The other thing about this proposal is that we are no longer depending on a bolt from the blue to justify the championship. Tipp’s run last year to the All-Ireland semi-final was a great story but it’s an exception, rather than proof that all is well. When so many are now calling for wholesale change ahead of the Super 8s, hopefully Paraic Duffy and the GAA will see sense and find a way to do something that will incorporate every county for as long as possible.
The thing with Westmeath’s heavy beating is that as many as 20 other counties could’ve been on the end of something like that from Dublin. That’s how good Dublin were and can be. A blind man could see after ten minutes that Tom Cribbin’s side were under pressure and they seemed to have no plan on the kick-outs. They just gifted the ball to the Dubs.
I think the Dubs were making a point in this game to the GAA and the rest of the country after what happened with Diarmuid Connolly. A 31-point win is crazy. I met Jim Gavin at an event recently and he is a fascinating man. He’s very down to earth for all he has achieved, and when he left the event he was going off to train a Clondalkin underage team for an hour. I’d imagine he’s been very hurt by this scenario with Connolly, hence why he didn’t give one-on-one interviews to the broadcast media.
Of course it helps him to build a siege mentality and he was also protecting his player. As he said, he knows he could likely get the St Vincent’s man off on a technicality but they’re going to press ahead without him for now. When the referee didn’t deal with the issue at the time how did it end up in his report? This is what has infuriated Dublin I would imagine.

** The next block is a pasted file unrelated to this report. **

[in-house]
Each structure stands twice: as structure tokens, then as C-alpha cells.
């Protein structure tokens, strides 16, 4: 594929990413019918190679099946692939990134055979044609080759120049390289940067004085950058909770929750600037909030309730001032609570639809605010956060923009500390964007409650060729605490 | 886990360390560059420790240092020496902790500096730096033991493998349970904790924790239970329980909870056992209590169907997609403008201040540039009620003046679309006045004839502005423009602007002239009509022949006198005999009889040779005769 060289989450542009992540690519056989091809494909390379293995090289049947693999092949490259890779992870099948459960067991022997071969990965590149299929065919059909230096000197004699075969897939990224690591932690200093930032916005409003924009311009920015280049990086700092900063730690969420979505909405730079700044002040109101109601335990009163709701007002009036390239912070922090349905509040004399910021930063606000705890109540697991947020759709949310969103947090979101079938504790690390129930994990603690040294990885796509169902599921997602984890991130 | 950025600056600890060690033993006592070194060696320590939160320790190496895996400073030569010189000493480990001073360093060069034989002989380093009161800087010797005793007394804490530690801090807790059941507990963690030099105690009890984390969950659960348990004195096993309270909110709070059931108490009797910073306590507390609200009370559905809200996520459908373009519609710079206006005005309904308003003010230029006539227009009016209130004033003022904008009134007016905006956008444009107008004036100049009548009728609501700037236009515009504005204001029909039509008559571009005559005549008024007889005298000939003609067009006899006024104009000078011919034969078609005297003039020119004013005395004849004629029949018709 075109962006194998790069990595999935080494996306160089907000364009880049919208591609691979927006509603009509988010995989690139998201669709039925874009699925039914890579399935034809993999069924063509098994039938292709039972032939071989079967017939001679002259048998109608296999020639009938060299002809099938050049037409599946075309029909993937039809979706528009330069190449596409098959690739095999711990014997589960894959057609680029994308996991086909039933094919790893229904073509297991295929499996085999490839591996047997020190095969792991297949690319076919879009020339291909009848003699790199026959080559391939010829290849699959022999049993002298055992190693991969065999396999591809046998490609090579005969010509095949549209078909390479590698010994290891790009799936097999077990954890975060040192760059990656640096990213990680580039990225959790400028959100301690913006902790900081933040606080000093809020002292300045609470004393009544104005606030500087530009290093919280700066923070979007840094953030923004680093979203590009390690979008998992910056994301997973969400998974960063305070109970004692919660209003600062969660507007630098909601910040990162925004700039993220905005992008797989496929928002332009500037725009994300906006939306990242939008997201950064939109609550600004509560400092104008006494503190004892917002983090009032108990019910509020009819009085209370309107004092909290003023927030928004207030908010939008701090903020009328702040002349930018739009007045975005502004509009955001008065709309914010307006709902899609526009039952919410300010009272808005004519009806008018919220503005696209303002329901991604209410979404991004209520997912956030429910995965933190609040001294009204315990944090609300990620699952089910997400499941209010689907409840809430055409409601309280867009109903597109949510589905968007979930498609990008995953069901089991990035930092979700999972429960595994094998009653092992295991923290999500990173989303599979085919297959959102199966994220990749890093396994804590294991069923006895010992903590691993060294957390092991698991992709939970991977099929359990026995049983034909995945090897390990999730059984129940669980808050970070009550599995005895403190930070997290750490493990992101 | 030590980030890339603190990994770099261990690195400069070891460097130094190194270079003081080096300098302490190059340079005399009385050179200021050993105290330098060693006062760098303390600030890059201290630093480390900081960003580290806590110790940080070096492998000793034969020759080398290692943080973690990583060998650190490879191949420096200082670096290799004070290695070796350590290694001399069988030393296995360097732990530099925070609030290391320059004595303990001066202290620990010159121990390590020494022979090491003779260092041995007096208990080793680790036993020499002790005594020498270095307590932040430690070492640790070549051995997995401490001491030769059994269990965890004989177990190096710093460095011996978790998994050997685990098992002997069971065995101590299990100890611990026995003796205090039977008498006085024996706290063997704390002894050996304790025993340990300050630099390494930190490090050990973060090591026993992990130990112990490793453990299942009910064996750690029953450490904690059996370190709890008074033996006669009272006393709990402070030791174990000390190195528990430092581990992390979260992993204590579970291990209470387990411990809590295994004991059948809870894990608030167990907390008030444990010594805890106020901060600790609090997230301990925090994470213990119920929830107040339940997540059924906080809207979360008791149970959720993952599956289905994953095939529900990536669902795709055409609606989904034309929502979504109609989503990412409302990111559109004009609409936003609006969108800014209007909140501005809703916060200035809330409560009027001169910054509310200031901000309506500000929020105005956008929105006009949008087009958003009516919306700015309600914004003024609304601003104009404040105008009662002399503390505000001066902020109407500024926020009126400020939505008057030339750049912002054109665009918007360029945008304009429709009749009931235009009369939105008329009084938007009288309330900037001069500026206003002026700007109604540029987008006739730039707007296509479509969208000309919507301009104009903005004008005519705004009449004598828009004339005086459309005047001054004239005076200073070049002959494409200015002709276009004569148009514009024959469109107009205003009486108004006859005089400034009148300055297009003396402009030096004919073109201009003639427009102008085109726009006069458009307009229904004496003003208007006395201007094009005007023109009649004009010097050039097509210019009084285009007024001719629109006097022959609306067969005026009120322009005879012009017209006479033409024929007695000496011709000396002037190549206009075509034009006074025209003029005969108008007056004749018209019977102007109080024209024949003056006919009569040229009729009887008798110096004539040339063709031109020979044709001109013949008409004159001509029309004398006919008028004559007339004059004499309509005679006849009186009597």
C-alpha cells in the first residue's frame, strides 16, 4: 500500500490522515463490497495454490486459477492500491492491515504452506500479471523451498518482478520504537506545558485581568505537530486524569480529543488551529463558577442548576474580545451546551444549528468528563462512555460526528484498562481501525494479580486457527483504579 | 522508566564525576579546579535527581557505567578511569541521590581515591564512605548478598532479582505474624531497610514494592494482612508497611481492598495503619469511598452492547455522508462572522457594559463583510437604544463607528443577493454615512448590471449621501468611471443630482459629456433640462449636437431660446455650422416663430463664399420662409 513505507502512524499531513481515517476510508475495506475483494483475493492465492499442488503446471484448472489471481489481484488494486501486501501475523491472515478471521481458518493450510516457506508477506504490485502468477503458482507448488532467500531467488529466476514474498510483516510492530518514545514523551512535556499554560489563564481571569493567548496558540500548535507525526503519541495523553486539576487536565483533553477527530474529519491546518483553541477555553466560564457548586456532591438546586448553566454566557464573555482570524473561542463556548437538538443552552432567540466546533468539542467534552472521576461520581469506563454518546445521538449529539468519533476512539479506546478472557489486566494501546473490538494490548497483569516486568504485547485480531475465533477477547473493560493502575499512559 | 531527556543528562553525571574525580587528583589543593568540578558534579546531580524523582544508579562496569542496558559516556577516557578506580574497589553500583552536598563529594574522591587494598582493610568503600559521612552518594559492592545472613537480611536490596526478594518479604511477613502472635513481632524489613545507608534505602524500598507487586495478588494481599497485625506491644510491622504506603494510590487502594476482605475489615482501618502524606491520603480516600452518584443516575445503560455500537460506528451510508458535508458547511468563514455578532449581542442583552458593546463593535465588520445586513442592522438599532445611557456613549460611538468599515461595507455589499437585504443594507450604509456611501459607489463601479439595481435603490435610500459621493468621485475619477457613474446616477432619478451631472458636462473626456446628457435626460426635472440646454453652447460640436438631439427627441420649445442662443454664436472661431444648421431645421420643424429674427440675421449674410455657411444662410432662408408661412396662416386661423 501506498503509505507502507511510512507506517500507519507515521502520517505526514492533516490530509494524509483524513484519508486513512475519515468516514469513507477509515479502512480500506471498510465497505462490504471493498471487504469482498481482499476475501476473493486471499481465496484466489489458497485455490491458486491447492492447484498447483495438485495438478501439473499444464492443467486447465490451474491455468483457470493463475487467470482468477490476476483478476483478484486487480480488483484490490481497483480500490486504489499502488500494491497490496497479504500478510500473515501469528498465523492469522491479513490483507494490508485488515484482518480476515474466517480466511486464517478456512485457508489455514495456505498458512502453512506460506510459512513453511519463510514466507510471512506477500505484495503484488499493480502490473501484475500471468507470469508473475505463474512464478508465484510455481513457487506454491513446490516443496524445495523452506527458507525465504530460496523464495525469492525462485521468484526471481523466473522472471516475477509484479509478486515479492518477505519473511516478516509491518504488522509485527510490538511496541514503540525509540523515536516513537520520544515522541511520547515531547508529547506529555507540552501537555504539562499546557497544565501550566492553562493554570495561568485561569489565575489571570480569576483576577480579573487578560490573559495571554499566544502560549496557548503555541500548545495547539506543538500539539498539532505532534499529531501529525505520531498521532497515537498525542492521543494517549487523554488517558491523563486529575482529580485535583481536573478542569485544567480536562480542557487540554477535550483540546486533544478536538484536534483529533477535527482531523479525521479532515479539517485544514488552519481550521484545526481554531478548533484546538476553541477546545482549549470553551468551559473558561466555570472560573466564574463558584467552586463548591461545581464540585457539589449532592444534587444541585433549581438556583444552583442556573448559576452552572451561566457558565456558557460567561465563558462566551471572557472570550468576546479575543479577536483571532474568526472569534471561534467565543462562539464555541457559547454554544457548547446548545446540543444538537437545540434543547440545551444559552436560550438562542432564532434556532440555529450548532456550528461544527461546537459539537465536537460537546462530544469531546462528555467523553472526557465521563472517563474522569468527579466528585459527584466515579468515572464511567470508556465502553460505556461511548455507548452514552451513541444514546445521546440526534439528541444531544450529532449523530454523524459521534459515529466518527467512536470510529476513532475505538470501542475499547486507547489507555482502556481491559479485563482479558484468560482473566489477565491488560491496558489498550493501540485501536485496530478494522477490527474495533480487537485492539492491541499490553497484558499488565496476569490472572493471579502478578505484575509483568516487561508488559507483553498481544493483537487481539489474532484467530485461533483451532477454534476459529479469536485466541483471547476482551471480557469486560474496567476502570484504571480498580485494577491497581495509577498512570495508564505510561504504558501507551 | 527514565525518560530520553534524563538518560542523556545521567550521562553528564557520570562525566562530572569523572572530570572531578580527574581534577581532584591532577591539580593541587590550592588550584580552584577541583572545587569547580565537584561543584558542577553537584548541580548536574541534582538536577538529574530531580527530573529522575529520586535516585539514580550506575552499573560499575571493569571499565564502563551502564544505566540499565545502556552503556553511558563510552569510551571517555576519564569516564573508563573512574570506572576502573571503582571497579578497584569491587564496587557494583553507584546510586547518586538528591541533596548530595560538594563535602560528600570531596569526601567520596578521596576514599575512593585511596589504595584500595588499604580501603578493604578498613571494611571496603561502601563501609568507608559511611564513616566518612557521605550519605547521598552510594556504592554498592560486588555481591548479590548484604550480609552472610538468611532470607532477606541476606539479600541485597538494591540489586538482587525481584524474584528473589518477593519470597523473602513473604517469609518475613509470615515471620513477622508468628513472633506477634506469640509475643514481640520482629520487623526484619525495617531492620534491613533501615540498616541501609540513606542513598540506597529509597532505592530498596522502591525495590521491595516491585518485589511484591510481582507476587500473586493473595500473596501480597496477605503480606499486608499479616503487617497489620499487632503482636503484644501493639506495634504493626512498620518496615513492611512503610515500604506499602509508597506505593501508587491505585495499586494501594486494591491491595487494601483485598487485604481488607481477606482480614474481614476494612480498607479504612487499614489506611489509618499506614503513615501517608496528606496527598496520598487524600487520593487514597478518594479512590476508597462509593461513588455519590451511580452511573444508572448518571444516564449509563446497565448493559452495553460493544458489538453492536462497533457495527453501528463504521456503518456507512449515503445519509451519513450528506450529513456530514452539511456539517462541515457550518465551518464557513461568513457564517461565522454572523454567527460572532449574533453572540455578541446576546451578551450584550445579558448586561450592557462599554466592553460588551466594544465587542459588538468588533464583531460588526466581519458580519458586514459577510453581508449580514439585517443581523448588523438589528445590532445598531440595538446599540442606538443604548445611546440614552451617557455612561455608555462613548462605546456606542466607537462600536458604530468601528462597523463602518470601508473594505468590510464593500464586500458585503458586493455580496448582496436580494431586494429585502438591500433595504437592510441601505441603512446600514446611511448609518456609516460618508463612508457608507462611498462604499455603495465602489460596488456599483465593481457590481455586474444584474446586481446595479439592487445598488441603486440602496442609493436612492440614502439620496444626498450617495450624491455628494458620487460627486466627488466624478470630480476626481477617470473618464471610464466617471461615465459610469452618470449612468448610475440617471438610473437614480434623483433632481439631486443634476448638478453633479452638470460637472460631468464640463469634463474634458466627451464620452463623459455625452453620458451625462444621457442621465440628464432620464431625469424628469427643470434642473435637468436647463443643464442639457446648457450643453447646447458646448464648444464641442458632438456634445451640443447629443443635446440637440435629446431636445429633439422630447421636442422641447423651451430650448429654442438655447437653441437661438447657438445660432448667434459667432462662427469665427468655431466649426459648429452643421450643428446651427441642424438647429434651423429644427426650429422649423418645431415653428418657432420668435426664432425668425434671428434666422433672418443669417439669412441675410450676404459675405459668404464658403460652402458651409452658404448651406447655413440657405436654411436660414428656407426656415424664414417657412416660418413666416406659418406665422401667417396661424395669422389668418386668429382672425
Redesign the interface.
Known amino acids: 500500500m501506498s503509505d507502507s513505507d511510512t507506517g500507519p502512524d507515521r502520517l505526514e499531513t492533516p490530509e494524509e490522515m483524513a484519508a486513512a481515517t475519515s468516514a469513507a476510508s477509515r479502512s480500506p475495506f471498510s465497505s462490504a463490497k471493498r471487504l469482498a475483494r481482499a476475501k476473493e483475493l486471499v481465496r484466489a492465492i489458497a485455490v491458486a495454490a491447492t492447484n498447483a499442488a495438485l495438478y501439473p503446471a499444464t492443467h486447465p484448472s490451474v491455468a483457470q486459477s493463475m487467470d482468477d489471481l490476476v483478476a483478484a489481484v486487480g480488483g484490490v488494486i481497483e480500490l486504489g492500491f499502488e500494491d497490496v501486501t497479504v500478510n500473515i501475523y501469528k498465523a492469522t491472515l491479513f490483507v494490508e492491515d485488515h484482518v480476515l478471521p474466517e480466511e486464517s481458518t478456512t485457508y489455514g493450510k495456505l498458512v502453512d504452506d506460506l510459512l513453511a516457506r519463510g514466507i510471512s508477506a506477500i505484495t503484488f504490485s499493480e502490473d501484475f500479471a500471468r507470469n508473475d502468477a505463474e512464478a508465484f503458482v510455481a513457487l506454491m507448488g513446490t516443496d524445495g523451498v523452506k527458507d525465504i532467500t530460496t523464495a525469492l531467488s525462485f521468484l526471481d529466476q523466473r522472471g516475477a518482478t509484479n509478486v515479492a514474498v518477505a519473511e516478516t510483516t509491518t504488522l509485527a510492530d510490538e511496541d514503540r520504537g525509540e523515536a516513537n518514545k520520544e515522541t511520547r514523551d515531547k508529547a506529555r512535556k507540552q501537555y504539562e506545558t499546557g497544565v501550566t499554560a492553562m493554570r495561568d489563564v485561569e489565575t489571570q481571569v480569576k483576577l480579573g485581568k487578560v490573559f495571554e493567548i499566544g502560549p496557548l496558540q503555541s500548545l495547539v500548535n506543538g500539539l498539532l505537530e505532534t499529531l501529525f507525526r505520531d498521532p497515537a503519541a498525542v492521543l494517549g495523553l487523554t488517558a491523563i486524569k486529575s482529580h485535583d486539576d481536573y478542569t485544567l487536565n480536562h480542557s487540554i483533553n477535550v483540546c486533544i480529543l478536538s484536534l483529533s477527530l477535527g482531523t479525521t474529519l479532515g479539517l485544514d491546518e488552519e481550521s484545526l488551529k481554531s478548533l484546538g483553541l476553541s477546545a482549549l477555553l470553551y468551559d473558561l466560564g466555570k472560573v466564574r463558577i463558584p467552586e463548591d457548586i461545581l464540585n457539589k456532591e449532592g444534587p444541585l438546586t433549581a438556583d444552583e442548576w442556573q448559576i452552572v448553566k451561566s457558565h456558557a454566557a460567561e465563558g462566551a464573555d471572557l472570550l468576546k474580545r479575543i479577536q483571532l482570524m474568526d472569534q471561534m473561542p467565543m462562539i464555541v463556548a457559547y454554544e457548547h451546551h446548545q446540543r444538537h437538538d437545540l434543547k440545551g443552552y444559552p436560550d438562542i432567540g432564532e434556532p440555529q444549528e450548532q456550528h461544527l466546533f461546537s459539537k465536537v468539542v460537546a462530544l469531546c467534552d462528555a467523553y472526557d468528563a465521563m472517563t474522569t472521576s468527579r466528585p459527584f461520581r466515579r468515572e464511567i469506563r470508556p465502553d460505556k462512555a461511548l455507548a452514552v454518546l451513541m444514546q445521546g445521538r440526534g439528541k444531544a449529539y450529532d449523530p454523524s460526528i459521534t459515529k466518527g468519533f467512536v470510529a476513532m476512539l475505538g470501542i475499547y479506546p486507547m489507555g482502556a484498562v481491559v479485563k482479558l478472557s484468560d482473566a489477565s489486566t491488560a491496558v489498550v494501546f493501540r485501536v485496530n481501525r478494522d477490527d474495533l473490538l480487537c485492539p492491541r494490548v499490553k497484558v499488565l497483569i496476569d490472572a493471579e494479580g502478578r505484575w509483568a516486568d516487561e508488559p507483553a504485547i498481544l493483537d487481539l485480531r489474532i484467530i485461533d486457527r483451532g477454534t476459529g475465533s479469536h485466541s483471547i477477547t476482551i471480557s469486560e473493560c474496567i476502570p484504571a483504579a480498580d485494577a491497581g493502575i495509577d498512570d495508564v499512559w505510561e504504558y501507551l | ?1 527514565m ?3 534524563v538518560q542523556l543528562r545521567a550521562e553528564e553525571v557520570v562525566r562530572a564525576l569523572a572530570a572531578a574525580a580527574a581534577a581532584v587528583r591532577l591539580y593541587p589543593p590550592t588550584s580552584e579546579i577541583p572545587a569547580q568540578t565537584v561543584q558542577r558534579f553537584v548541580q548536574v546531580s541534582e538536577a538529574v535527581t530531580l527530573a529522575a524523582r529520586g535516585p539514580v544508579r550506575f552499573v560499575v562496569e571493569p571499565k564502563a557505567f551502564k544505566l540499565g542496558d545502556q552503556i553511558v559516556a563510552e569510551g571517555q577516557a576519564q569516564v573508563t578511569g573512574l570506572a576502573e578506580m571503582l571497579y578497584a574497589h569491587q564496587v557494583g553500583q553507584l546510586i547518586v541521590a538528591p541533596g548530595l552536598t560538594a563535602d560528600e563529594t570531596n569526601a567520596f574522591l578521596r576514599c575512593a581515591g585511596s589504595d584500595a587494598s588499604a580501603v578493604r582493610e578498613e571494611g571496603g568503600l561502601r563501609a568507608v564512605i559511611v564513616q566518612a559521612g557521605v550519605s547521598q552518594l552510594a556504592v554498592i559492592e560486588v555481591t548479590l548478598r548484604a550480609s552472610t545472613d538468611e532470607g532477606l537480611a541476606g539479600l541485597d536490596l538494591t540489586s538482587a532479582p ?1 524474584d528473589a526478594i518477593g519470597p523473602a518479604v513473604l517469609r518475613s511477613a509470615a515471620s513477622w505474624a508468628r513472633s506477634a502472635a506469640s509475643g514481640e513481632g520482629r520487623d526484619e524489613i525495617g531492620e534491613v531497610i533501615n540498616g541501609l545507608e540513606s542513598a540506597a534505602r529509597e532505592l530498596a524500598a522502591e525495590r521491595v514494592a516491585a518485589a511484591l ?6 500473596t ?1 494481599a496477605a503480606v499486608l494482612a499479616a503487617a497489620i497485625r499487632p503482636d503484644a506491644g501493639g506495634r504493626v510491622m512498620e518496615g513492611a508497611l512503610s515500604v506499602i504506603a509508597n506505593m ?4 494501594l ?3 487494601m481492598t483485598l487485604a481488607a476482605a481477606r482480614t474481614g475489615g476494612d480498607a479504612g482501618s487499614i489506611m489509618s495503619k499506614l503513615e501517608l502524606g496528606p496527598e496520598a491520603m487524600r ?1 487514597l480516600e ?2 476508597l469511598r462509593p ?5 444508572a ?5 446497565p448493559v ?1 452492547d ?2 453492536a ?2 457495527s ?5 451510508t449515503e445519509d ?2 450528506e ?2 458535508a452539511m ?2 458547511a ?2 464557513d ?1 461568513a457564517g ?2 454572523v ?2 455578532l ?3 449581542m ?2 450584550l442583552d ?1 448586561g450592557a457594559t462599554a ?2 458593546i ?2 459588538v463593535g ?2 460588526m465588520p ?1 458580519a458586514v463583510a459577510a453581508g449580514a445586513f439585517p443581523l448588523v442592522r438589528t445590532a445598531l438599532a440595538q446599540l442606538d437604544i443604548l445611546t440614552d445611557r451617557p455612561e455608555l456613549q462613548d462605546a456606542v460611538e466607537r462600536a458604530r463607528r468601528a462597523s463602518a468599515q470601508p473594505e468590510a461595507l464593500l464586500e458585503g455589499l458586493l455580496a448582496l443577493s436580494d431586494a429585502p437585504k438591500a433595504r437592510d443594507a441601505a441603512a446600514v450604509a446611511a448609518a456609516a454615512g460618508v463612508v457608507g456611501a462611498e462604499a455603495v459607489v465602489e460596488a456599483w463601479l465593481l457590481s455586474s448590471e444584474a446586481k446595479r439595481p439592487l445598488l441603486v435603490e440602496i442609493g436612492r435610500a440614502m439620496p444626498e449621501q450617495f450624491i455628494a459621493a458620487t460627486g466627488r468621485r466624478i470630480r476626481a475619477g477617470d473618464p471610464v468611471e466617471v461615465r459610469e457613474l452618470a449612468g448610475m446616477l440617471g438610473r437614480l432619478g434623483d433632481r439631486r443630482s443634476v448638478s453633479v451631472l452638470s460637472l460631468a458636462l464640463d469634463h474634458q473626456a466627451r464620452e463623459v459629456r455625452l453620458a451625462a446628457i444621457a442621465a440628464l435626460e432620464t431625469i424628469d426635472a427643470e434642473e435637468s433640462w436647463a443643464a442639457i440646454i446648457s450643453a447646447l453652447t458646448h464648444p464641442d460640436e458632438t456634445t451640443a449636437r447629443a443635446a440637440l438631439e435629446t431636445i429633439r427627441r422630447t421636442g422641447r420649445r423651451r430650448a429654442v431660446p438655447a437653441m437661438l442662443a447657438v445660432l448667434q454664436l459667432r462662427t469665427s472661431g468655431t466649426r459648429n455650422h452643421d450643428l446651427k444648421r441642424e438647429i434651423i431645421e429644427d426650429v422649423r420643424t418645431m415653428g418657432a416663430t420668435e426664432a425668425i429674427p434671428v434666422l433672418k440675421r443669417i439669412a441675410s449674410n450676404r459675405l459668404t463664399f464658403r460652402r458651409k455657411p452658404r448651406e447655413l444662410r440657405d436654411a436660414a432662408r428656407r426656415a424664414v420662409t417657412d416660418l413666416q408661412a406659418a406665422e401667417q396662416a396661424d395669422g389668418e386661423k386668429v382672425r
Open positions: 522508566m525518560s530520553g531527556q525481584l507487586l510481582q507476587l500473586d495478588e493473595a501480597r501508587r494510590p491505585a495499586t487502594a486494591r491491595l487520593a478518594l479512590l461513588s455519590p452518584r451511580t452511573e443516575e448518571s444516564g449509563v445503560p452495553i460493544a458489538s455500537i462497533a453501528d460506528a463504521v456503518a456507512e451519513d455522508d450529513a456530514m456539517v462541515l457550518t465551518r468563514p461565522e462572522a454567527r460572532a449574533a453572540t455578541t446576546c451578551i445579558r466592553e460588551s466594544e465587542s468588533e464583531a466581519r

The ‘Sunday Game’ is increasingly becoming about opinions and not analysis of games, and I did feel at the time that Pat Spillane went to town on Connolly. There’s definitely an element of the Kerry v Dubs things and I suspect it would work the other way around if one of Eamonn Fitzmaurice’s men got in trouble. Indeed last year Eamon had to come out and defend players from some print pundits.
Let’s be honest though, despite the technicalities that Dublin could’ve used, it was a black and white scenario: the player put his hands on the official and it didn’t look good to be pointing and shouting at the official. Yes, three Carlow lads were trying to throw him up into the stand and the aggressor is never dealt with in these situations, but that’s not an excuse for what Diarmuid did. So while Spillane went in hard, I don’t think Kofi Annan would’ve been able to smooth things over for Connolly. The rest will do him the world of good and God help the team Dublin face when he returns to the fold.
Dublin have done very well by the media over the years and we’ve seen the amount of sponsorship they’ve been able to bring in as a result of this. That's down to the exposure they get in the papers etc. The situation I’m imagining is if Dublin were to meet Tyrone in an All-Ireland final. Now that would be interesting. Already, Mickey Harte is not speaking to RTE so, if relations worsen with Dublin, what then if Gavin did likewise?
You could have a situation where neither manager of the All-Ireland finalists is willing to speak to the station showing the game. That would be a sad day because the public want to hear what they think on the biggest day of the footballing year.